Yeats’s Political Identities
Allison, Jonathan, ed. Yeats’s Political Identities: Selected Essays. Ann Arbor: U of Michigan P, 1996. 352 pp. $44.50.
Reviewed by Marjorie Perloff
Published in ANQ 10, no. 4 (Fall 1997): 53-55.
Conor Cruise O’Brien’s remarkable “Passion and Cunning: An Essay on the Politics of W. B. Yeats” (1965) sets the stage for this excellent collection of essays on the vexed relationship between the poetic and the political in Yeats’s oeuvre. Citing the poet’s letters, Senate speeches, essays, and poems, O’Brien is able to show that from 1922 on Yeats flirted with authoritarian politics and that after 1932, when the De Valera government took power, he became an advocate of the Fascist Blueshirts. Although Yeats’s involvement with the Blueshirts was brief, his turn away from Fascism was not motivated, O’Brien argues, by a change of heart so much as by the recognition that the Fascists would not prevail. Yeats liked to be on the winning side.
O’Brien attributes Yeats’s sympathy for Fascism? to his “profound and tragic intuitive–and intelligent–awareness, in his maturity and old age, of what the First World War had set loose, of what was already moving towards Hitler and the Second World War” (50). In this reading, Yeats’s attitudes are symptomatic of the larger political malaise of entre deux guerres. In “From Democracy to Authority,” Elizabeth Cullingford, who tries to defend Yeats against O’Brien’s severe charges, gives a different twist to this notion of Yeats as representative Irishman. To begin with, she argues, Mussolini’s Fascism in the Italy of the twenties had little in common with its later incarnations, much less with Hitler’s Nazism: “Admiration for Mussolini was widespread among European conservatives, who regarded him as Italy’s deliverer from the menace of Bolshevism” (62). Accordingly, “The disordered state of the post-war world, the collapse of liberalism into chaos and anarchy, and above all the troubles in Ireland, led Yeats into the mistake of emphasizing stability rather than activism in Italy” (63). By the late thirties, Cullingford suggests, Yeats, always the passionate individualist, had turned away from Fascist notions of collectivity; moreover, Yeats was never anti-Semitic and, had he lived, he would surely have been disgusted by Hitler’s actions.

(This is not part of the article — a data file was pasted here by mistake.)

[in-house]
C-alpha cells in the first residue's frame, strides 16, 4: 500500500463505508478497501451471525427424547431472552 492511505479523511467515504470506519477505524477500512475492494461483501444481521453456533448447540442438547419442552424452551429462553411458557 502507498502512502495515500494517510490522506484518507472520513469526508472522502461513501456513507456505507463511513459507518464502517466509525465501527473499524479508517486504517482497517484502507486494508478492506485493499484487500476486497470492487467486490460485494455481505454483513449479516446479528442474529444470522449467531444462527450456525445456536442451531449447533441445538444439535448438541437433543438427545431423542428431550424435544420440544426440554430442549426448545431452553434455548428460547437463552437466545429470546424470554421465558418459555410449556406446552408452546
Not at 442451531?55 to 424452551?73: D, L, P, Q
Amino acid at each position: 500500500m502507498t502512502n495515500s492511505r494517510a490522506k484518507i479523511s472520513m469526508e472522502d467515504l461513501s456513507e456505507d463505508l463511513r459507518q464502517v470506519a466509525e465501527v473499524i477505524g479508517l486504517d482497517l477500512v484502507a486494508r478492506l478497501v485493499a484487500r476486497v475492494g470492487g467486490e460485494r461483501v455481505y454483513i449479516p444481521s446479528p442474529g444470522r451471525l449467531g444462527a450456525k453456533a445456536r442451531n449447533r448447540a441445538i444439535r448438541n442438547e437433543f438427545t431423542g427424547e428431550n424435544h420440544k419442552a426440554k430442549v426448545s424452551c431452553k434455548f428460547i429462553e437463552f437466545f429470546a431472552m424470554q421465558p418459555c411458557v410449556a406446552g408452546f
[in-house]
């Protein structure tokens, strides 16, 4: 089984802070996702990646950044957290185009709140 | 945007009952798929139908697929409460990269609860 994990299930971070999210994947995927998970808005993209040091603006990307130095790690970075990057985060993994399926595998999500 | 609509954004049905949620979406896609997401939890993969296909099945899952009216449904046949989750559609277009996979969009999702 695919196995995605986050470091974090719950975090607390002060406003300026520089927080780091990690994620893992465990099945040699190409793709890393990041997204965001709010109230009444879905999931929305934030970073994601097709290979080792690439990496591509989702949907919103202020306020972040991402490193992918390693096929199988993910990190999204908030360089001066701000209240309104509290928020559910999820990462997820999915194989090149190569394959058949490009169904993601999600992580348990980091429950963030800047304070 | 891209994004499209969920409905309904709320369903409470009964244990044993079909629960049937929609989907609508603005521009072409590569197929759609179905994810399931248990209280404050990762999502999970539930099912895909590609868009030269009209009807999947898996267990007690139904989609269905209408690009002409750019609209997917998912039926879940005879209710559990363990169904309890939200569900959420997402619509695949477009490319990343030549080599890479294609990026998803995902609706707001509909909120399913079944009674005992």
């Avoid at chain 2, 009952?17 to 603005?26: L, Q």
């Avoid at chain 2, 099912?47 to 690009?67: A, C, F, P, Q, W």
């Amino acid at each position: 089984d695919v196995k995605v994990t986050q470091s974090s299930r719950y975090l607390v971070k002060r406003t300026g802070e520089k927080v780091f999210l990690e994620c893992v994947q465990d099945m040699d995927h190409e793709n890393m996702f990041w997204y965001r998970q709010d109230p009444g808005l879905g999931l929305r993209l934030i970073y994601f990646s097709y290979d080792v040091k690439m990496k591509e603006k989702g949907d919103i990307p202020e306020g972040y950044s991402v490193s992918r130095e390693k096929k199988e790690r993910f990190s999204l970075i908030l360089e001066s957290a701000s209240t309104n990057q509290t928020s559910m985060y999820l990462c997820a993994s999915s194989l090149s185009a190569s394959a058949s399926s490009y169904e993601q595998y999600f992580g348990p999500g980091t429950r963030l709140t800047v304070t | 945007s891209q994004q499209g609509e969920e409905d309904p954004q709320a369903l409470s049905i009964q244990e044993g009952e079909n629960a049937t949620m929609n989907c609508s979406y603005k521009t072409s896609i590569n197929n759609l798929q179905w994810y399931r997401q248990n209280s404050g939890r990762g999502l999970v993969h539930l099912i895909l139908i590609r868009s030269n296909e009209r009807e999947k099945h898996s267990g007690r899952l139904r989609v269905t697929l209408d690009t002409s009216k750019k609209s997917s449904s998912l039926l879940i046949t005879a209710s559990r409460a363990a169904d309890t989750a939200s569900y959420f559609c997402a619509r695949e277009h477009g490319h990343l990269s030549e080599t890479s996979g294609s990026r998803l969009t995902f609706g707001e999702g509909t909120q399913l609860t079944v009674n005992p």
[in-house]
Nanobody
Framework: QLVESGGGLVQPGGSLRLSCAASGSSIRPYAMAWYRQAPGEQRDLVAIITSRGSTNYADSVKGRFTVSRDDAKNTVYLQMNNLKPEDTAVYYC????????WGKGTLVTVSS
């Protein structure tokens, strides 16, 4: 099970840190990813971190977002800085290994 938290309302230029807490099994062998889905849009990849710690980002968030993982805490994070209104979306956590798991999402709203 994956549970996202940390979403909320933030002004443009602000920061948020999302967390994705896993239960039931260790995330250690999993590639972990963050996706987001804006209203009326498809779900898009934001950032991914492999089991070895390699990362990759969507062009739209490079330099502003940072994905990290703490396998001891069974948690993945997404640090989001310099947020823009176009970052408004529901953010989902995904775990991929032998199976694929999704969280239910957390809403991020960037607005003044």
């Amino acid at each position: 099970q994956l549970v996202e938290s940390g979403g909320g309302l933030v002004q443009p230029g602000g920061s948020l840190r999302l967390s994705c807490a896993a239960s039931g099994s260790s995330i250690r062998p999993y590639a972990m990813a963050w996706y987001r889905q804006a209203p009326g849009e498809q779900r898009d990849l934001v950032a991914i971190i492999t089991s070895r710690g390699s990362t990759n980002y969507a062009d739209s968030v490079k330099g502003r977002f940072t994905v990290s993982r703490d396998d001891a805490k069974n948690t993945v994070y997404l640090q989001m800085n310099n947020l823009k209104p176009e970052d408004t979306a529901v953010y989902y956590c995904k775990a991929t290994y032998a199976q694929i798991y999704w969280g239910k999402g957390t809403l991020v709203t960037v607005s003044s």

I am not convinced by this argument. There were, after all, plenty of European poets between the wars who were not taken in by Mussolini even if he did create the hierarchical order Yeats longed for and even if he did make the trains run on time. The more important question is not what Yeats believed but why he so believed and how his beliefs enter his poetry. Here the third essay in Allison’s collection, R. F. Foster’s “Protestant Magic: W. B. Yeats and the Spell of History,” published for the first time here, is especially valuable. Foster tries to understand Yeats in terms of his Irish Protestant identity. Marginalized both by the Irish Catholics and the English, Yeats was also marginalized by his economic position, his membership in what Foster calls the “clerical-bourgeois” class of Irish Protestants, “land agents rather than landlords, fallen on poorer times” (93). This “curious subculture” was defined by “a race-memory of elitism” (the vanished aristocracy of the great country houses) and “a predisposition toward seeking refuge in the occult” (102). Foster is particularly good at showing how these strains came together, how Yeats’s occultism was a peculiarly Protestant brand. When Yeats began to strike elaborate poses of aristocratic grandeur, as he did after his marriage and acquisition of Thoor Ballylee, he was compensating for years of alienation as a lower middle-class Irish Protestant in both Catholic Ireland and anti-Irish England.